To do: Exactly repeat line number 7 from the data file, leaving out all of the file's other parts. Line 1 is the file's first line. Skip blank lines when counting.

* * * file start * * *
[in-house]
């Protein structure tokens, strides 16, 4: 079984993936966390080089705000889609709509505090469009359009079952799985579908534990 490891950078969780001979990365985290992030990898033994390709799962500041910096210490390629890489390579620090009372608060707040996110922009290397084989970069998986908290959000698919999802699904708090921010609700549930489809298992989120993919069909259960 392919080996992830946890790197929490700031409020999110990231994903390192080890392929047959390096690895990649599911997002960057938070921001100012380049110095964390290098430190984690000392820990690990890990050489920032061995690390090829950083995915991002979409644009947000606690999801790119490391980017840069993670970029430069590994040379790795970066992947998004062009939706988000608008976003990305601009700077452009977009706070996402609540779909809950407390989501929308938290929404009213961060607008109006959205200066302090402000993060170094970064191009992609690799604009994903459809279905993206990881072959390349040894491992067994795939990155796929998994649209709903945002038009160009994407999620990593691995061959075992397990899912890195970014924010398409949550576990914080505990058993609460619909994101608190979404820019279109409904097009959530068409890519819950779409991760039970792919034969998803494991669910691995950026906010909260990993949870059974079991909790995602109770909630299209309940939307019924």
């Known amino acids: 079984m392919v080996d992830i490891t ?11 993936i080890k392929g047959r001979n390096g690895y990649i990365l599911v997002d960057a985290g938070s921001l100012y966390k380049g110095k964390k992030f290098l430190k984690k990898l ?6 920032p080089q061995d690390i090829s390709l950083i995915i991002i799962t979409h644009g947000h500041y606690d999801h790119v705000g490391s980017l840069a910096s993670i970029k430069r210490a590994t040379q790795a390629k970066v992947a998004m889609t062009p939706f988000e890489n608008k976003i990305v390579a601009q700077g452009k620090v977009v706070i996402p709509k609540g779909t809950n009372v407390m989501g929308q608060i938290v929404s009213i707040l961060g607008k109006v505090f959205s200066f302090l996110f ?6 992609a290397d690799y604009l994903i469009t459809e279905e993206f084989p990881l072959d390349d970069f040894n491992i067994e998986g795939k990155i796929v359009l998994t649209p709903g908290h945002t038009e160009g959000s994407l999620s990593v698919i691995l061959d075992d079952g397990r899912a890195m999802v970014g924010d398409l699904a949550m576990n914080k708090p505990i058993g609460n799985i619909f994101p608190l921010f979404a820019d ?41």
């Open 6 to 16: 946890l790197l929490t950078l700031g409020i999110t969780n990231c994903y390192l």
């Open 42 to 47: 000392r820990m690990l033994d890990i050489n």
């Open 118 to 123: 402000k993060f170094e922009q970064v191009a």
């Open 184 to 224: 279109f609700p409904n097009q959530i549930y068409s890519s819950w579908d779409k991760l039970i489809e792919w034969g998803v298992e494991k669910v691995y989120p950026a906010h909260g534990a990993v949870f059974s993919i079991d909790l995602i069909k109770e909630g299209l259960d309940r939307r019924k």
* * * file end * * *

């Open 184 to 224: 279109f609700p409904n097009q959530i549930y068409s890519s819950w579908d779409k991760l039970i489809e792919w034969g998803v298992e494991k669910v691995y989120p950026a906010h909260g534990a990993v949870f059974s993919i079991d909790l995602i069909k109770e909630g299209l259960d309940r939307r019924k």